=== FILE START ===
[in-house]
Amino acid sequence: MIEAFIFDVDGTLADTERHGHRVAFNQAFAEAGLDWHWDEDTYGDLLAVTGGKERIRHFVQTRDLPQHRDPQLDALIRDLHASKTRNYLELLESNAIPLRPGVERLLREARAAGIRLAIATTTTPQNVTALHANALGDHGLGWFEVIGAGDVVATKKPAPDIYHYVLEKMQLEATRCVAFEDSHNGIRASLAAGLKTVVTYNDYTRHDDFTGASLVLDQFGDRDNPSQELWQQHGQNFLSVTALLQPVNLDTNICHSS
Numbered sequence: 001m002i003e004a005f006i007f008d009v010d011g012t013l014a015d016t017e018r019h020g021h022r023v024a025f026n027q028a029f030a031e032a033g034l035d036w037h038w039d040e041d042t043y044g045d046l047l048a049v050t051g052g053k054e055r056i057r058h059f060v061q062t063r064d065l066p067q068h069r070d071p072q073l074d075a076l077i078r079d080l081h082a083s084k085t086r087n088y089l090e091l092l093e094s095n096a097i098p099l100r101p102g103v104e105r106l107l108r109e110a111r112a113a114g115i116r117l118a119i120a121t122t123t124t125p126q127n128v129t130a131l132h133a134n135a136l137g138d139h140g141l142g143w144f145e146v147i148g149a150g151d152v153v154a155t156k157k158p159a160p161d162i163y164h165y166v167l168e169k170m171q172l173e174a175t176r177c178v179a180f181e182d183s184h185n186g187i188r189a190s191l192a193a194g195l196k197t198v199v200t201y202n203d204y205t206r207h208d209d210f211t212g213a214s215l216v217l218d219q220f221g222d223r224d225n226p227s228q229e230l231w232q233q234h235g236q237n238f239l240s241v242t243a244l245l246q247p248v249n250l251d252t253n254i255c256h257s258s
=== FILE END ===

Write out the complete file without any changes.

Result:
[in-house]
Amino acid sequence: MIEAFIFDVDGTLADTERHGHRVAFNQAFAEAGLDWHWDEDTYGDLLAVTGGKERIRHFVQTRDLPQHRDPQLDALIRDLHASKTRNYLELLESNAIPLRPGVERLLREARAAGIRLAIATTTTPQNVTALHANALGDHGLGWFEVIGAGDVVATKKPAPDIYHYVLEKMQLEATRCVAFEDSHNGIRASLAAGLKTVVTYNDYTRHDDFTGASLVLDQFGDRDNPSQELWQQHGQNFLSVTALLQPVNLDTNICHSS
Numbered sequence: 001m002i003e004a005f006i007f008d009v010d011g012t013l014a015d016t017e018r019h020g021h022r023v024a025f026n027q028a029f030a031e032a033g034l035d036w037h038w039d040e041d042t043y044g045d046l047l048a049v050t051g052g053k054e055r056i057r058h059f060v061q062t063r064d065l066p067q068h069r070d071p072q073l074d075a076l077i078r079d080l081h082a083s084k085t086r087n088y089l090e091l092l093e094s095n096a097i098p099l100r101p102g103v104e105r106l107l108r109e110a111r112a113a114g115i116r117l118a119i120a121t122t123t124t125p126q127n128v129t130a131l132h133a134n135a136l137g138d139h140g141l142g143w144f145e146v147i148g149a150g151d152v153v154a155t156k157k158p159a160p161d162i163y164h165y166v167l168e169k170m171q172l173e174a175t176r177c178v179a180f181e182d183s184h185n186g187i188r189a190s191l192a193a194g195l196k197t198v199v200t201y202n203d204y205t206r207h208d209d210f211t212g213a214s215l216v217l218d219q220f221g222d223r224d225n226p227s228q229e230l231w232q233q234h235g236q237n238f239l240s241v242t243a244l245l246q247p248v249n250l251d252t253n254i255c256h257s258s